Faithwalk’s annual Christmas play a success

December 10, 2010 — by Jackie Gu

Faithwalk members act in a play about the Christmas story on Dec. 3.

“Therefore the Lord himself will give you a sign. Behold, the virgin shall conceive and bear a son, and shall call his name Immanuel,” proclaimed junior Brandon Pierce, clad in billowing printed robes in front of the room.

It was a Friday lunch in science teacher Lisa Cochrum’s classroom, and the audience of 60-some students tried to eat their food (the evidence of which was apparent in the empty pizza boxes stacked nearly 3 feet high) without disturbing the performers. After all, a prophecy concerning the impending birth of a messiah had just been announced, and no one wanted to miss a second of the story of Jesus’ birth.

Faithwalk, one of the school’s most prominent Christian clubs, holds an annual Christmas play that depicts the Nativity story. The play was split into two parts, performed at the lunchtime meetings on Dec. 3 and Dec. 10.

“It’s a nice tradition that we keep annually,” said sophomore Priscilla Chu, one of the unofficial officers of Faithwalk. “We want to show people who are interested in coming to Faithwalk what Christmas means to us.”

This traditional holiday play began with a reenactment of the prophecy declaring the approaching birth of a messiah. It then followed the story of Mary and Joseph’s journey to Bethlehem, ending with Jesus’ actual birth. Mary was played by sophomore Megan Doles, Joseph by senior Tim Rollinson and the angel Gabriel by junior Deborah Burger.

“We take the scripts of the play out of a book, but we have to shorten them and narrow them down,” Chu said. “They’re pretty much the same every year, though. Not much about the plays has changed.”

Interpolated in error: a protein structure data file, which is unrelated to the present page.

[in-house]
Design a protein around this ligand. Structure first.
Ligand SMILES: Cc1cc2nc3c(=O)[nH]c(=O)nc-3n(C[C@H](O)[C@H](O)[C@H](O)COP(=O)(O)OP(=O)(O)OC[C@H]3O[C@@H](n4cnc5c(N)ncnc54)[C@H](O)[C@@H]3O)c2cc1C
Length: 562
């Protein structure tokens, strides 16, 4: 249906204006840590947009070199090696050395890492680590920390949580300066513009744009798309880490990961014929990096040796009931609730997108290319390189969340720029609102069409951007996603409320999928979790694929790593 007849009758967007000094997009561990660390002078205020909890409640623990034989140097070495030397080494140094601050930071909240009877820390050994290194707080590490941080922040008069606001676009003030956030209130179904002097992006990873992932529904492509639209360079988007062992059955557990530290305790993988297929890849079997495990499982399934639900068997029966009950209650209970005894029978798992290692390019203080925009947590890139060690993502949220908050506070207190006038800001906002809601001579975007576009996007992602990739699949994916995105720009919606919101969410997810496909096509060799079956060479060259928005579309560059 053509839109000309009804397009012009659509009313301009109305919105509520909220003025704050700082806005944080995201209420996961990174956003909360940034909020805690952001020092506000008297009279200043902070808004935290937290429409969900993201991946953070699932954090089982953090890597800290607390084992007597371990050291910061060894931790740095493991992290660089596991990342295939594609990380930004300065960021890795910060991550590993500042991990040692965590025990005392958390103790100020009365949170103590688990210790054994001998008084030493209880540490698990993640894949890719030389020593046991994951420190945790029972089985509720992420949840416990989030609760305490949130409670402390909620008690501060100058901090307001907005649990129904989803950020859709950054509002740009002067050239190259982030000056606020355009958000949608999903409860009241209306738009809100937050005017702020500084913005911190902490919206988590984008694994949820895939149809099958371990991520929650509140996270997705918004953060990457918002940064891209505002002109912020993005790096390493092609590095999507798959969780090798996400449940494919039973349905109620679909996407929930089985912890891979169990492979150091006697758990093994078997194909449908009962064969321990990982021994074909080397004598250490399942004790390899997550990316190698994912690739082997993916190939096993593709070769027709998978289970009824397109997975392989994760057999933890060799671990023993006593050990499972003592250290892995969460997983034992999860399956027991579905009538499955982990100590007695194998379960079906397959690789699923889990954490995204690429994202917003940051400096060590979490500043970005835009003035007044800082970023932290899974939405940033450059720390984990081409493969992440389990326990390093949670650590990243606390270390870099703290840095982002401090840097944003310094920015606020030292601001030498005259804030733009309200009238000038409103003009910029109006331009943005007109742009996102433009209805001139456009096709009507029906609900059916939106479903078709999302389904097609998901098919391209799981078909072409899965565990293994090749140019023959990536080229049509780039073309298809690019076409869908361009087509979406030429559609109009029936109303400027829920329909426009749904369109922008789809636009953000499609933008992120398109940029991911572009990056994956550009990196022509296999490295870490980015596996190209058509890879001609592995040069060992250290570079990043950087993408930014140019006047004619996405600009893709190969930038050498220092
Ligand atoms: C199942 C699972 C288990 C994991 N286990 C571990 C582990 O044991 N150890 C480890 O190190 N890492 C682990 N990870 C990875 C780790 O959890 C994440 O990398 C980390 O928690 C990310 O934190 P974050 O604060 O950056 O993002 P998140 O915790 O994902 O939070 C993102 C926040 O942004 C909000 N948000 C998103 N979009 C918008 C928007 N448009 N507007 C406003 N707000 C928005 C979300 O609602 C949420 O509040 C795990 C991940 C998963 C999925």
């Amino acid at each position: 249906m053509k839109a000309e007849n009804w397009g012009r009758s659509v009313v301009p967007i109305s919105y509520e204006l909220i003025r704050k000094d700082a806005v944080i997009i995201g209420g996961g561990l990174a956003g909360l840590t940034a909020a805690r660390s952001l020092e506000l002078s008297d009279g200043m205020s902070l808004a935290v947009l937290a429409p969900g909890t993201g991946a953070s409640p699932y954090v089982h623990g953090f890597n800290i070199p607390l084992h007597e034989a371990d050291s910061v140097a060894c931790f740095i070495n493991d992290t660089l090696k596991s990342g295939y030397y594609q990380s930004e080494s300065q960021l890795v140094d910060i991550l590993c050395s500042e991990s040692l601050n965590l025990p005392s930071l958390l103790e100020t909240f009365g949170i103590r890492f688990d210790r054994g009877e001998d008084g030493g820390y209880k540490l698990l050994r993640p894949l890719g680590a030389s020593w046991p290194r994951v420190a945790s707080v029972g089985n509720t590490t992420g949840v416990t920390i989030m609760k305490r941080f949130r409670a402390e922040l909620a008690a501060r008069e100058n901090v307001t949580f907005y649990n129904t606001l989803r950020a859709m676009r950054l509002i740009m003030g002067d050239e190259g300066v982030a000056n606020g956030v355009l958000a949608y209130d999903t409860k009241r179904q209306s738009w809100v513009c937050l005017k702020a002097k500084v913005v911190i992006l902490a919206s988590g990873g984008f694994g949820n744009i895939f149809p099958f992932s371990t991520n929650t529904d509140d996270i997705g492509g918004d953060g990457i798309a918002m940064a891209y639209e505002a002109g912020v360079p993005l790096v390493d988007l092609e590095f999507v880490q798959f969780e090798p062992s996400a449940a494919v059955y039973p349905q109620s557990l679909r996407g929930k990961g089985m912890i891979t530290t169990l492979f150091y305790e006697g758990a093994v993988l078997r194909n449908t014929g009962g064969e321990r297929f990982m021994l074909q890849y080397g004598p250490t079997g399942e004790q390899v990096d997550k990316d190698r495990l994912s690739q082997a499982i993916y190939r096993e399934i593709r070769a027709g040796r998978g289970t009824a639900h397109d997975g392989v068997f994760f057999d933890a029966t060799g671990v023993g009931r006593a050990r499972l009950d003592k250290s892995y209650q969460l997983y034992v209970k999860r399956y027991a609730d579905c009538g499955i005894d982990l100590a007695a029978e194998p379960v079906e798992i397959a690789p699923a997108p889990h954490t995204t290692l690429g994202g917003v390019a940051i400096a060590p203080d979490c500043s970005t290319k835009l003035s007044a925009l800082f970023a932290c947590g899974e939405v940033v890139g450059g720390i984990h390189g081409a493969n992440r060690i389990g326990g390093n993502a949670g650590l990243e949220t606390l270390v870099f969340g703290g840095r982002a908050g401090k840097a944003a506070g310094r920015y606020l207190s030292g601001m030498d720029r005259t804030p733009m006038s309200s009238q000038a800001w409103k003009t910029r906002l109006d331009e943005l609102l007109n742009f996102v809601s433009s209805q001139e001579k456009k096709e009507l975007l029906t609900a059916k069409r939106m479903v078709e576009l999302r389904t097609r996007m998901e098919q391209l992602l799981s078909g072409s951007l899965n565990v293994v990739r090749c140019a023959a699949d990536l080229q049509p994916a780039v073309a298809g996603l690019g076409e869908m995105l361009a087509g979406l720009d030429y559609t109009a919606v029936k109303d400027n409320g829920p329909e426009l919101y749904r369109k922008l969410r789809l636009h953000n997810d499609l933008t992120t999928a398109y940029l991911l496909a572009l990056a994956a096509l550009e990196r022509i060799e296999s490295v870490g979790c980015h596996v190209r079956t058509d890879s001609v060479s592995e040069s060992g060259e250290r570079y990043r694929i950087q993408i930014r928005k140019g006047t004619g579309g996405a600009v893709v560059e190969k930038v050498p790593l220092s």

Because of the length of the story, the Faithwalk’s officers decided to split up the play into two sections. This decision was made in order to accommodate all of the scenes they wanted in the skit and to provide more incentive for the audience to return for the next show.

“We end part one right before Mary and Joseph leave for Bethlehem,” said sophomore Stephanie Payne, another officer of the club. “In part two, there’s the actual birth of Jesus and some other holy shenanigans.”

Because of the time restraints, the performers were unable to delve into the Nativity story as much as they would have liked. Instead, they summarized the basics of the story to interest the audience without forcing too much information on them.

“[The play] is basically an introduction,” Payne said. “We try to make it interesting enough so that people would want to learn more about Christianity and maybe even go to church or something, but it’s definitely not an in-depth look into our religion.”

Although Faithwalk does not have official officers like many other clubs, they have leaders that organize events and herd student activities. Participation in the play is not mandatory for the leaders, but encouraged.

“We all love to do the play, so pretty much everyone is a part of it,” Chu said. “It’s just a really fun tradition that everyone likes to participate in.”

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